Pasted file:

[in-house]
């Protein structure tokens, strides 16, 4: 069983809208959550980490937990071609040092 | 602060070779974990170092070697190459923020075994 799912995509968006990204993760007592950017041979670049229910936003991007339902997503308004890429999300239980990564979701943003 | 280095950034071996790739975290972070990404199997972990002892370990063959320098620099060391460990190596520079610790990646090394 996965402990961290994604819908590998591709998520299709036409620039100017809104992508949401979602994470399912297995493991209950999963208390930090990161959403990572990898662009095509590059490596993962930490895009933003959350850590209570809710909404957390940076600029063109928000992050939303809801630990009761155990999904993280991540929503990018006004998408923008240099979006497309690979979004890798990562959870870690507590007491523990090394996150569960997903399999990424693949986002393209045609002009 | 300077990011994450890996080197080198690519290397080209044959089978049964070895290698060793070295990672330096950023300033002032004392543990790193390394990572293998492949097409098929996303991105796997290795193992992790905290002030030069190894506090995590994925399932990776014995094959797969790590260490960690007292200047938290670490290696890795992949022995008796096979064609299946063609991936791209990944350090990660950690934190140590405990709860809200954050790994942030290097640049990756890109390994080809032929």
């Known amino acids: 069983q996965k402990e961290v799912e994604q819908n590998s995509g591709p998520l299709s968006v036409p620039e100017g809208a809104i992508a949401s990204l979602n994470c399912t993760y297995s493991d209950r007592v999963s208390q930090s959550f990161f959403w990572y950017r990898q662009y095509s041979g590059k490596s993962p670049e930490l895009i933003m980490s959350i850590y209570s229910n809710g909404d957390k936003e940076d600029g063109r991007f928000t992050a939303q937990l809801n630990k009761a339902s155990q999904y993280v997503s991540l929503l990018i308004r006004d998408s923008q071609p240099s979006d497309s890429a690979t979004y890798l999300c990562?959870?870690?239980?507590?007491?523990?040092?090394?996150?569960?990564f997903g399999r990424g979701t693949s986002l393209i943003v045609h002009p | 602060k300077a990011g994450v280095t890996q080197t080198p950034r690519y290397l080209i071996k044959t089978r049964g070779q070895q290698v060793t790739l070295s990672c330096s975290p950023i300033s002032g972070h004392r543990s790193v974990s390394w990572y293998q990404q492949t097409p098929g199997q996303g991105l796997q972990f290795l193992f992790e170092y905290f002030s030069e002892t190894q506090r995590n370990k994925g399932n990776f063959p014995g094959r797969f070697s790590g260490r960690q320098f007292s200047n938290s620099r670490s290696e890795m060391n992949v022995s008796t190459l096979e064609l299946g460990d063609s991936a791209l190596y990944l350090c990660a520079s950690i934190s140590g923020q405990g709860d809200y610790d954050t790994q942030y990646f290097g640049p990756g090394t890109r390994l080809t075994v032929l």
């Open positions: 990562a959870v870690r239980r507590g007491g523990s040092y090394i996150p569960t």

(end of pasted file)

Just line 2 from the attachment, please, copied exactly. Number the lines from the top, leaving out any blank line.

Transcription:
């Protein structure tokens, strides 16, 4: 069983809208959550980490937990071609040092 | 602060070779974990170092070697190459923020075994 799912995509968006990204993760007592950017041979670049229910936003991007339902997503308004890429999300239980990564979701943003 | 280095950034071996790739975290972070990404199997972990002892370990063959320098620099060391460990190596520079610790990646090394 996965402990961290994604819908590998591709998520299709036409620039100017809104992508949401979602994470399912297995493991209950999963208390930090990161959403990572990898662009095509590059490596993962930490895009933003959350850590209570809710909404957390940076600029063109928000992050939303809801630990009761155990999904993280991540929503990018006004998408923008240099979006497309690979979004890798990562959870870690507590007491523990090394996150569960997903399999990424693949986002393209045609002009 | 300077990011994450890996080197080198690519290397080209044959089978049964070895290698060793070295990672330096950023300033002032004392543990790193390394990572293998492949097409098929996303991105796997290795193992992790905290002030030069190894506090995590994925399932990776014995094959797969790590260490960690007292200047938290670490290696890795992949022995008796096979064609299946063609991936791209990944350090990660950690934190140590405990709860809200954050790994942030290097640049990756890109390994080809032929």